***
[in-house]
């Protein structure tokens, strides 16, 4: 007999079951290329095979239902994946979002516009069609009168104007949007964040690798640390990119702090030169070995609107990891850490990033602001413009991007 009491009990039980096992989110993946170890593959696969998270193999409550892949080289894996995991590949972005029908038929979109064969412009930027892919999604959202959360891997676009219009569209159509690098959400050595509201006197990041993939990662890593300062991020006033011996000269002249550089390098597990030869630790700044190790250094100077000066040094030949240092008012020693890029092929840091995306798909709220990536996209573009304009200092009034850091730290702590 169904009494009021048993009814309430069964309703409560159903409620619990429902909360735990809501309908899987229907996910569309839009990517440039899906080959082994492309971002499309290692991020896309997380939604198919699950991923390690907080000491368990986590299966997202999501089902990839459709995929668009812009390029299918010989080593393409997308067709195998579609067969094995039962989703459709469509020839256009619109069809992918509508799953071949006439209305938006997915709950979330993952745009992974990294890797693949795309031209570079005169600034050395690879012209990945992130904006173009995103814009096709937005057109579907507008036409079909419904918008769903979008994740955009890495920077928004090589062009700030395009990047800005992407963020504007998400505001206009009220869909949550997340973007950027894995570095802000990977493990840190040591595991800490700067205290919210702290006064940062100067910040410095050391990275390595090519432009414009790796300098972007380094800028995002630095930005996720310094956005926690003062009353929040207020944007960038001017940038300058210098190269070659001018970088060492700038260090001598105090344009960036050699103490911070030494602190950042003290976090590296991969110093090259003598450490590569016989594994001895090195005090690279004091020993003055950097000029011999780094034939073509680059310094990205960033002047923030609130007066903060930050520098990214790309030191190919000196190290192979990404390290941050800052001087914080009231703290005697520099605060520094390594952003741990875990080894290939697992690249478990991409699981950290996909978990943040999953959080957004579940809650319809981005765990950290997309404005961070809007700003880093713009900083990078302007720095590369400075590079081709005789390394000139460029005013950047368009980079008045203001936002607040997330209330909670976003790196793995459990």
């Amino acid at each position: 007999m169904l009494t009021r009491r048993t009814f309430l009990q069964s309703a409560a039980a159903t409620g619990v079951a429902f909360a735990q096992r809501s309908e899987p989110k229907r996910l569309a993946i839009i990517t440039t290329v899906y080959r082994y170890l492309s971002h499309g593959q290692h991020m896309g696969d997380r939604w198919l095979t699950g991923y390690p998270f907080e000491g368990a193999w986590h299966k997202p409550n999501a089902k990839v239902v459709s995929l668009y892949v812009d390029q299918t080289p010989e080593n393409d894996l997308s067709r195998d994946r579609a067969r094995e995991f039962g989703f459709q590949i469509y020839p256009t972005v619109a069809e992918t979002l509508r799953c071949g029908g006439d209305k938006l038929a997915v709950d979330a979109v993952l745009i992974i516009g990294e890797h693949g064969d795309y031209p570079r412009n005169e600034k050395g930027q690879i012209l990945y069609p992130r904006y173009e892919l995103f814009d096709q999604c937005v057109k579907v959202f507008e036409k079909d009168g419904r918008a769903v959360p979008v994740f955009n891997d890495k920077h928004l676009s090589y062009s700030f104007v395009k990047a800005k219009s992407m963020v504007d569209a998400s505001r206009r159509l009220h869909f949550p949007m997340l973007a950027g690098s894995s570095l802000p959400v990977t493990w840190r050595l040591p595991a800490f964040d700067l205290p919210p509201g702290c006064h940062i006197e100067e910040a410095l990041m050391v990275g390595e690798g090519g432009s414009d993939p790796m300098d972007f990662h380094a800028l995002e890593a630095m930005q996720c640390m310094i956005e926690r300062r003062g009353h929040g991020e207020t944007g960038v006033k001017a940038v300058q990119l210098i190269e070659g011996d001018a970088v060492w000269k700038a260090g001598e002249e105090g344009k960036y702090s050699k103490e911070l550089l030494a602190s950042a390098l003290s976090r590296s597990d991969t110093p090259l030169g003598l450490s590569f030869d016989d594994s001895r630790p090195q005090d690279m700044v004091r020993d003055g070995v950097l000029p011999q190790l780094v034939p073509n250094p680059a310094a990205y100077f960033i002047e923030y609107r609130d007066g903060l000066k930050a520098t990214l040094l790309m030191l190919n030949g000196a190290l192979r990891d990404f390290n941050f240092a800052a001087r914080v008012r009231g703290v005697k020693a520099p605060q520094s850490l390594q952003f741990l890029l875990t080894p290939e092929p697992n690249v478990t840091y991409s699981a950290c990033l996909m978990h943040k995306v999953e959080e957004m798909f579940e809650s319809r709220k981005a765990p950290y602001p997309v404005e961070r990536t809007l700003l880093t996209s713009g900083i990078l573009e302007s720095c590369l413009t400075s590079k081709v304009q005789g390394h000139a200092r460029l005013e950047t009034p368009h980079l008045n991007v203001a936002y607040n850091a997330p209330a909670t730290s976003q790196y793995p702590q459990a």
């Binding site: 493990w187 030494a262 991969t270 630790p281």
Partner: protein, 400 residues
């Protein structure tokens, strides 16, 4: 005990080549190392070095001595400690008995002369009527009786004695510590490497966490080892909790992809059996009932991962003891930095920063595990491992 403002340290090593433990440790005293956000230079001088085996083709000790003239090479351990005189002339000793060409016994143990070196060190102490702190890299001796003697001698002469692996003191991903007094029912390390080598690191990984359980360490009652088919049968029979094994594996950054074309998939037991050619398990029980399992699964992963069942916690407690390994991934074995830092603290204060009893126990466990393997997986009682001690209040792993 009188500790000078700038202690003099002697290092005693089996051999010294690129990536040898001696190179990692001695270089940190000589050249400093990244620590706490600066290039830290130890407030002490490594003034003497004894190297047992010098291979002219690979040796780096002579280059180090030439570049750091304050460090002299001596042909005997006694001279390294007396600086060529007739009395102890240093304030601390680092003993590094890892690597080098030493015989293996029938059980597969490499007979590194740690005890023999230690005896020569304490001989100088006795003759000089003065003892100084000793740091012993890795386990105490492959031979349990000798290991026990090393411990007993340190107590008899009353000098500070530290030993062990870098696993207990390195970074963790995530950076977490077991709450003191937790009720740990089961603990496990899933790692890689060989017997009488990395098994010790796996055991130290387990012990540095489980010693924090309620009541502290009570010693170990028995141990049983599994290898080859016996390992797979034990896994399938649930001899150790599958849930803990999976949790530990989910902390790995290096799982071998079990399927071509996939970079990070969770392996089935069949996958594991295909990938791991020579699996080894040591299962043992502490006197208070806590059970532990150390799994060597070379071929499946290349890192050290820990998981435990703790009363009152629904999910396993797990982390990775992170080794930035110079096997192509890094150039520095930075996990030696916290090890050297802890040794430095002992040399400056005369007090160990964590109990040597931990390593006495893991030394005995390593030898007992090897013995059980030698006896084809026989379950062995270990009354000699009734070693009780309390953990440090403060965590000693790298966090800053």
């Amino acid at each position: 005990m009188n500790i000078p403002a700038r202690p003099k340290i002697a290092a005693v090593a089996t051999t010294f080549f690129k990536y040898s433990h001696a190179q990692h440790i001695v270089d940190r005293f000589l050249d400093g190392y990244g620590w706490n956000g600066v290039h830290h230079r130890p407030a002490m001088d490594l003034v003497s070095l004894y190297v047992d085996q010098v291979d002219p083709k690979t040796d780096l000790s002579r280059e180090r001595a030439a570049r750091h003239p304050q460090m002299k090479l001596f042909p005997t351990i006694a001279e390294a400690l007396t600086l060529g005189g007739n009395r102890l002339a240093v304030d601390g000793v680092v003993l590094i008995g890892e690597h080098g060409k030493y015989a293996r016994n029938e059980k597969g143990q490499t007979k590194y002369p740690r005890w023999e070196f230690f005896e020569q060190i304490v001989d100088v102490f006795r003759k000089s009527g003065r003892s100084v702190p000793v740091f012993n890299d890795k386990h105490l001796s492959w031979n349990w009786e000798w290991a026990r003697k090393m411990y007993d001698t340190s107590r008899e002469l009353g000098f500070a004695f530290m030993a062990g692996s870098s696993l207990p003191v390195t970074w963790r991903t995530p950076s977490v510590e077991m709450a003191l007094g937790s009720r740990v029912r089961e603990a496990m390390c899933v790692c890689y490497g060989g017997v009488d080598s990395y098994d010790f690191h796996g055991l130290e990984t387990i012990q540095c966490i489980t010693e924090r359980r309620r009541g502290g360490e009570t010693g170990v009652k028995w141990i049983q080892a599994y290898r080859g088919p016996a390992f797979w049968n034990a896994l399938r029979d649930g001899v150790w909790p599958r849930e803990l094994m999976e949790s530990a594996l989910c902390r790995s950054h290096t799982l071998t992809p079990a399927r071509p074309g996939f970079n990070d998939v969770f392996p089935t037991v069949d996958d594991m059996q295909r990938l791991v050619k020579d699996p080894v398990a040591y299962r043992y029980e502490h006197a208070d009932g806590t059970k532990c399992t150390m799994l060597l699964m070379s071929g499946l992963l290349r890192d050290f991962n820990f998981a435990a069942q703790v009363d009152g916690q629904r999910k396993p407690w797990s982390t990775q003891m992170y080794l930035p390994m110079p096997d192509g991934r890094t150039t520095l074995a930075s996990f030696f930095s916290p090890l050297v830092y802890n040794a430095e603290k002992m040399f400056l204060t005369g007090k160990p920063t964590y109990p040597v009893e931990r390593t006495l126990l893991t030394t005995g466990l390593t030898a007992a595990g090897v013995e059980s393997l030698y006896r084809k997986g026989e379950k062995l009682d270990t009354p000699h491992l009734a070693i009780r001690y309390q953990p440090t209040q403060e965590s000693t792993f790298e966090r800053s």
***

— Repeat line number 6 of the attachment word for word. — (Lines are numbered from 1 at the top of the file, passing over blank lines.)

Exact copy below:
């Protein structure tokens, strides 16, 4: 005990080549190392070095001595400690008995002369009527009786004695510590490497966490080892909790992809059996009932991962003891930095920063595990491992 403002340290090593433990440790005293956000230079001088085996083709000790003239090479351990005189002339000793060409016994143990070196060190102490702190890299001796003697001698002469692996003191991903007094029912390390080598690191990984359980360490009652088919049968029979094994594996950054074309998939037991050619398990029980399992699964992963069942916690407690390994991934074995830092603290204060009893126990466990393997997986009682001690209040792993 009188500790000078700038202690003099002697290092005693089996051999010294690129990536040898001696190179990692001695270089940190000589050249400093990244620590706490600066290039830290130890407030002490490594003034003497004894190297047992010098291979002219690979040796780096002579280059180090030439570049750091304050460090002299001596042909005997006694001279390294007396600086060529007739009395102890240093304030601390680092003993590094890892690597080098030493015989293996029938059980597969490499007979590194740690005890023999230690005896020569304490001989100088006795003759000089003065003892100084000793740091012993890795386990105490492959031979349990000798290991026990090393411990007993340190107590008899009353000098500070530290030993062990870098696993207990390195970074963790995530950076977490077991709450003191937790009720740990089961603990496990899933790692890689060989017997009488990395098994010790796996055991130290387990012990540095489980010693924090309620009541502290009570010693170990028995141990049983599994290898080859016996390992797979034990896994399938649930001899150790599958849930803990999976949790530990989910902390790995290096799982071998079990399927071509996939970079990070969770392996089935069949996958594991295909990938791991020579699996080894040591299962043992502490006197208070806590059970532990150390799994060597070379071929499946290349890192050290820990998981435990703790009363009152629904999910396993797990982390990775992170080794930035110079096997192509890094150039520095930075996990030696916290090890050297802890040794430095002992040399400056005369007090160990964590109990040597931990390593006495893991030394005995390593030898007992090897013995059980030698006896084809026989379950062995270990009354000699009734070693009780309390953990440090403060965590000693790298966090800053």